Healthcare professionals in research (HPiR) Facebook community: a survey of U.K. doctoral and postdoctoral healthcare professionals outside of medicine

Research output: Contribution to journalArticlepeer-review

Abstract

Background: Healthcare professionals outside of medicine (HCPs), including nurses, midwives and allied health professionals, are increasingly involved in research for patient benefit. Their challenge is to negotiate inter-professional or professionally isolated contexts. The aims of this study were to evaluate the ‘Healthcare Professionals in Research’ (HPiR) Facebook group (a self-directed and confidential peer support group for doctoral and postdoctoral HCPs) including engagement, the experiences of doctoral and postdoctoral HPiR members and to identify future career challenges using an on-line survey. Methods: The HPiR Facebook group was launched in May 2019. Five HCP Community managers (CMs) were trained in on-line platform curation, moderation and screening. An on-line survey was designed to capture data from HPiR members. A purposive sampling approach was applied. Respondents were required to be doctoral and postdoctoral HCPs and a registered member of the HPiR group. Respondents represented a range of healthcare professions, 79 % of whom had over ten years clinical experience. Membership growth and engagement was analysed. Descriptive statistics were used to present numerical data. Qualitative data were analysed thematically. Results: 96 members were admitted to the group within the first month. All members were actively engaged with group content. 34/96 doctoral and postdoctoral HCPs completed the survey. Most members joined for networking (88 %) and peer support (82 %) purposes. Analysis of text responses showed difficulties in balancing a clinical academic career and highlighted the consequences of undefined clinical academic roles and pathways. Conclusions: Doctoral and postdoctoral HCPs value the opportunities that HPiR provides for peer support and connection with fellow HCPs. HPiR has the potential to strengthen research capacity, support research skill development and drive change within the clinical academic community. Clinical academic roles and pathways need to be standardised. The creation of opportunities beyond doctoral studies is a priority.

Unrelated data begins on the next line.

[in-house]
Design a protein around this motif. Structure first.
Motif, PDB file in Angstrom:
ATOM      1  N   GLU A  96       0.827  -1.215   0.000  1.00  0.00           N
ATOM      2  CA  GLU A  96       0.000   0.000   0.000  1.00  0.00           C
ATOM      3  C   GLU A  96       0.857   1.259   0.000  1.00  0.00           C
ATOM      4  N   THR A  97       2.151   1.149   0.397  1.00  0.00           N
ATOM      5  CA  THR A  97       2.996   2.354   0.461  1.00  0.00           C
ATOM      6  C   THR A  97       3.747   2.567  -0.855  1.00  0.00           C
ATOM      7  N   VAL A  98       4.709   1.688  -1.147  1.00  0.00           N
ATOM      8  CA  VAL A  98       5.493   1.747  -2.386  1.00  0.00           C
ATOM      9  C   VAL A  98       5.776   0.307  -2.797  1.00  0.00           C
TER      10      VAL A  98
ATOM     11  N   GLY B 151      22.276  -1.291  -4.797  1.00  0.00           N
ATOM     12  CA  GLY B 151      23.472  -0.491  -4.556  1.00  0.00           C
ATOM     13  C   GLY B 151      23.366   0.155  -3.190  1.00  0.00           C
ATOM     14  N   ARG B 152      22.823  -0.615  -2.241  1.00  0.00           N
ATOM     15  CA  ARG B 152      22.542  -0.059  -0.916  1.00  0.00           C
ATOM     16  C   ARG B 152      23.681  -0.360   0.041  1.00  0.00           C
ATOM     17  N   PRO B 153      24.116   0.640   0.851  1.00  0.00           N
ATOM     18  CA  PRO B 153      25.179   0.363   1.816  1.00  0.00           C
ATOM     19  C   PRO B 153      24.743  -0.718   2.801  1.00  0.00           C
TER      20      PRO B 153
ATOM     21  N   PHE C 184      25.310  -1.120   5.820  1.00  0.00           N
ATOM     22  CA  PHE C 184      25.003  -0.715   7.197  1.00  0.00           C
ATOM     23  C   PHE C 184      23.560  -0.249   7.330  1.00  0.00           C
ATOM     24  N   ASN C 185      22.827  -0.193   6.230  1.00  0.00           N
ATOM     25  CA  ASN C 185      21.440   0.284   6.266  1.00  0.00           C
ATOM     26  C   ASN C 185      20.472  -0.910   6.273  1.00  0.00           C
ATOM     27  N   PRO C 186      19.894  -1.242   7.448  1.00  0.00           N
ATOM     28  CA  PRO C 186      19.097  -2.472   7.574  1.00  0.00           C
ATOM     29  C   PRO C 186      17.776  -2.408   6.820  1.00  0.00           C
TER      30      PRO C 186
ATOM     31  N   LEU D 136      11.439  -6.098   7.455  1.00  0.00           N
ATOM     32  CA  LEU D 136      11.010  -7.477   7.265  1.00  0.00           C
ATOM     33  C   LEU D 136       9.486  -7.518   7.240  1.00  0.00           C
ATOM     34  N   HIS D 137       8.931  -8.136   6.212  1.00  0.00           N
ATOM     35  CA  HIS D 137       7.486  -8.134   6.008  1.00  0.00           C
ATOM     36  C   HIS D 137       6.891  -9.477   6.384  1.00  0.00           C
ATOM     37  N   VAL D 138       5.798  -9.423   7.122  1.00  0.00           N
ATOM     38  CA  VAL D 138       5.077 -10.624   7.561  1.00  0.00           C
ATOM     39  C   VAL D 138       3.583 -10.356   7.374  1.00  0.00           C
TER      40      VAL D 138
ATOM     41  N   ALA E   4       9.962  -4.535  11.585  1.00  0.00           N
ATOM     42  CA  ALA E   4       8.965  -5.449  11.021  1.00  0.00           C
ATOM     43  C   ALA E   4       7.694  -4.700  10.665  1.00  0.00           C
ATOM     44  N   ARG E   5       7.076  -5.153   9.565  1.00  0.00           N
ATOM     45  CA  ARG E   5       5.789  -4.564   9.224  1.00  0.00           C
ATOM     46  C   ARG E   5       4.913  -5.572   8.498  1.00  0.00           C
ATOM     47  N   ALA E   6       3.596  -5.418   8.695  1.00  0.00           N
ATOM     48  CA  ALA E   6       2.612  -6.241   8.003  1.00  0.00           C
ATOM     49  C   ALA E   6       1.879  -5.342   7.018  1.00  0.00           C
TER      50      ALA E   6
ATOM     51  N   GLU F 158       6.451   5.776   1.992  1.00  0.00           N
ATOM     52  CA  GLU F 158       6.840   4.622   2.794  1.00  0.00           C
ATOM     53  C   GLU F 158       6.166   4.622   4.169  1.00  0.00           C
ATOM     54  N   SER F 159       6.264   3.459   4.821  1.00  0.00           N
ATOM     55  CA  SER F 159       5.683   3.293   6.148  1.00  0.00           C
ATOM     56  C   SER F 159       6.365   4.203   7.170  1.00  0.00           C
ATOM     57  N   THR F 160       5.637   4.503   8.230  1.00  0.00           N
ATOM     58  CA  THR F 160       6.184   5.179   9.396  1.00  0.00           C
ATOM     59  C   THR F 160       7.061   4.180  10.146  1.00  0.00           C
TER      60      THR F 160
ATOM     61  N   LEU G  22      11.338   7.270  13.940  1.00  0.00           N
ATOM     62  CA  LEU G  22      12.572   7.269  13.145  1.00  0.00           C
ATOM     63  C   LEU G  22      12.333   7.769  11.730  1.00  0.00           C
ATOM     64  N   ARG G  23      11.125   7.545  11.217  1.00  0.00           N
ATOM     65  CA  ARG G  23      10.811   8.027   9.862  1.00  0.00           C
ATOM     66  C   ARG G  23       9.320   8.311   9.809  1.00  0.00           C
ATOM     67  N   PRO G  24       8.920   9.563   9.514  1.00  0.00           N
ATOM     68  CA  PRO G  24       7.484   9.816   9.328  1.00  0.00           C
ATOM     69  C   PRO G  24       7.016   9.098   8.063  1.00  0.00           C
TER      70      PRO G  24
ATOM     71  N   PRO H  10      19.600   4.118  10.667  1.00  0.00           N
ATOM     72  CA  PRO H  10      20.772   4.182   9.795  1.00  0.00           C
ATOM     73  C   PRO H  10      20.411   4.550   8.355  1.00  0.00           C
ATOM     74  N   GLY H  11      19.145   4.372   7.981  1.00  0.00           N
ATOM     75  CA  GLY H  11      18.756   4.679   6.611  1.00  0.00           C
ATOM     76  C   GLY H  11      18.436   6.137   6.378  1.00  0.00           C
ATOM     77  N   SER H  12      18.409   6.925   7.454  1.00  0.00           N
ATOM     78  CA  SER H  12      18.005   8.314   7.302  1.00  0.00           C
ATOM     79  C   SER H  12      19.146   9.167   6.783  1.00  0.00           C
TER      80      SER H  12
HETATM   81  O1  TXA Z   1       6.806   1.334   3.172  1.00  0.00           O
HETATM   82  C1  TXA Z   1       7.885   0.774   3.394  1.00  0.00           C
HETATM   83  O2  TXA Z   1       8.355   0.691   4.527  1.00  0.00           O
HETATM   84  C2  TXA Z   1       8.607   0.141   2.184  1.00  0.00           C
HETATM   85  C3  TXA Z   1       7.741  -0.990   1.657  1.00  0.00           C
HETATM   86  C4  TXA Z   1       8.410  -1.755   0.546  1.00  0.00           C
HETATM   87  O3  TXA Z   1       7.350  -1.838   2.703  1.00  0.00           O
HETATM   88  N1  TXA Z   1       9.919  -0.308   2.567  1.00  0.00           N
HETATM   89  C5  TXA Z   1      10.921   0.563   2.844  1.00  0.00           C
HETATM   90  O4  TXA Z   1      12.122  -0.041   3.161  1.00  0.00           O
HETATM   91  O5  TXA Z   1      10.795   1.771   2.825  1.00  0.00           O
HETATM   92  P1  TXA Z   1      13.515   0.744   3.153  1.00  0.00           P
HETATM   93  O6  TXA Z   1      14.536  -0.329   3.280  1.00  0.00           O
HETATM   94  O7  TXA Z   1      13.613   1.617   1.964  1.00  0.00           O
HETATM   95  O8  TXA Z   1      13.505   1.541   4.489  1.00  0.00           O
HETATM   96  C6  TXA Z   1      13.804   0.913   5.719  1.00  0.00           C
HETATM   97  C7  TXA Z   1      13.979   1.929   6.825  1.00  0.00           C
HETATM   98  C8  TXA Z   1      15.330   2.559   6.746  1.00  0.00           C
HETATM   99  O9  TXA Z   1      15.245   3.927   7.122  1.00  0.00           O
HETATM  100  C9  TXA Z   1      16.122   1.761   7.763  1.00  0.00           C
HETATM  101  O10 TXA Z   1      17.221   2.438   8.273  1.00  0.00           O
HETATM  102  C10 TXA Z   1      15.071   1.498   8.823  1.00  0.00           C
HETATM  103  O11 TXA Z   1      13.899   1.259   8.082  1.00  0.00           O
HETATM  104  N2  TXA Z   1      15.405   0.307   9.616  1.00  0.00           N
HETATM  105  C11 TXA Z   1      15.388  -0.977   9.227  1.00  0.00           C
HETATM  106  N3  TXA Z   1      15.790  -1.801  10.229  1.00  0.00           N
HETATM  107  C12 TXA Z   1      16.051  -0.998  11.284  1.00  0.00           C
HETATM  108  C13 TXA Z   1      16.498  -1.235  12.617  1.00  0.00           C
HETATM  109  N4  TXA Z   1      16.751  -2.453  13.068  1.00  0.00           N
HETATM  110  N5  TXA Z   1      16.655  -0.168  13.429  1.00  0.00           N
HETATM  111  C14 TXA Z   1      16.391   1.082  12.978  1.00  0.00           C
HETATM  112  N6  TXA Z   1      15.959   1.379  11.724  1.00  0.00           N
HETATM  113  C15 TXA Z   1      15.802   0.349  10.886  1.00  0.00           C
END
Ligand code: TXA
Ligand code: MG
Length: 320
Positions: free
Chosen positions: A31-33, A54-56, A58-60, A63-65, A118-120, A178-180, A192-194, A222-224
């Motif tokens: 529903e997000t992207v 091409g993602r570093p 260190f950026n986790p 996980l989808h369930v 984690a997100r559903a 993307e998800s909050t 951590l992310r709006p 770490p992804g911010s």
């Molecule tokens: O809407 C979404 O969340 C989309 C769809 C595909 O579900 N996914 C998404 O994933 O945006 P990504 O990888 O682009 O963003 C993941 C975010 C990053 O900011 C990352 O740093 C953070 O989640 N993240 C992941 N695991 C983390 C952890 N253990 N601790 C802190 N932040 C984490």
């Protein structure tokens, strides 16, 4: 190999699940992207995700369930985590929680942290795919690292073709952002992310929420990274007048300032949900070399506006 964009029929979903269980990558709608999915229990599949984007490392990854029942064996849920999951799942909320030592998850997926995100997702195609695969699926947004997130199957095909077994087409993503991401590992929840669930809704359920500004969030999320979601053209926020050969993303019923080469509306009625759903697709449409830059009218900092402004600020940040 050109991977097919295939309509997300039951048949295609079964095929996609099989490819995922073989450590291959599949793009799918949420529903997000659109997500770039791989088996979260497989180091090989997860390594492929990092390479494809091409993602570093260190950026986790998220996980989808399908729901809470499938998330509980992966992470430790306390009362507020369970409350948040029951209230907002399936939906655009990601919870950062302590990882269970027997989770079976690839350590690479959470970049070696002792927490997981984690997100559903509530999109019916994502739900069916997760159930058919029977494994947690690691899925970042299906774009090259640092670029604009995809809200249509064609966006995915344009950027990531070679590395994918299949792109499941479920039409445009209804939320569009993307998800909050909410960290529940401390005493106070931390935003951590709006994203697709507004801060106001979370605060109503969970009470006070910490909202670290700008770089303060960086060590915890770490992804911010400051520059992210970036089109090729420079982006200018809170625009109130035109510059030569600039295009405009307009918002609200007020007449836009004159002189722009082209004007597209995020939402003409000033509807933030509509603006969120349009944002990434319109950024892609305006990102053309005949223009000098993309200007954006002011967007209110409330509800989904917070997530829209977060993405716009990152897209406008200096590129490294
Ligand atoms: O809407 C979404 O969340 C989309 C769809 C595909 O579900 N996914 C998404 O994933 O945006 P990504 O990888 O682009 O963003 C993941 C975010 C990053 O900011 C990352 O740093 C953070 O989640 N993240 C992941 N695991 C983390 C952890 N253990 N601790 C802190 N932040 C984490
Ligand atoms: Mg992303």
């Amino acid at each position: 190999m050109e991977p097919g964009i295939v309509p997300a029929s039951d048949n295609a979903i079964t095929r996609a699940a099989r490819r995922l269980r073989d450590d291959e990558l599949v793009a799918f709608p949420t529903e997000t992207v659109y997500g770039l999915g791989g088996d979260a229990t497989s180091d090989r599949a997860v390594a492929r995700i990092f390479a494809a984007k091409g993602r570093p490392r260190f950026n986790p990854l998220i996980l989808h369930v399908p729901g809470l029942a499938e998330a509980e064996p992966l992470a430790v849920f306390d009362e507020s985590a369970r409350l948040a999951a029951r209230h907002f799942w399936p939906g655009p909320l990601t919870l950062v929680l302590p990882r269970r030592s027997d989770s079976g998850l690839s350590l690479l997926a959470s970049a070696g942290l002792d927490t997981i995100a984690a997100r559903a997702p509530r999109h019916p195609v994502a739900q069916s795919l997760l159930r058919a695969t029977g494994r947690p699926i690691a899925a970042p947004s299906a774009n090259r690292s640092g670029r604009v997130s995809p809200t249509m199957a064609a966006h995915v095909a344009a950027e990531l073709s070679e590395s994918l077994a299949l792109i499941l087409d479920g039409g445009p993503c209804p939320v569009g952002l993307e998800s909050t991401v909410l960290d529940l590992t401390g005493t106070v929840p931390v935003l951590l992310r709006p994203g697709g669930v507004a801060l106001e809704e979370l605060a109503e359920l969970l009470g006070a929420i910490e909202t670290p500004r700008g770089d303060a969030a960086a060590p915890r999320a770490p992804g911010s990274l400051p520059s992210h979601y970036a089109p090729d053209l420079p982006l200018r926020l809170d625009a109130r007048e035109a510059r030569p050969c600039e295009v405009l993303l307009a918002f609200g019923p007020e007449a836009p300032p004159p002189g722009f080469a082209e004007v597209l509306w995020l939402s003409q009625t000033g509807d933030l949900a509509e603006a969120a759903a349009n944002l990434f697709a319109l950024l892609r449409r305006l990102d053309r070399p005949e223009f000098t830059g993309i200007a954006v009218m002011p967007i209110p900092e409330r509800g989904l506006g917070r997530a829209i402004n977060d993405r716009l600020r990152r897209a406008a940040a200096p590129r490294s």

Bibliographical metadata

Original languageEnglish
Article number236
JournalBMC Medical Education
Volume21
Issue number1
DOIs
Publication statusPublished - 23 Apr 2021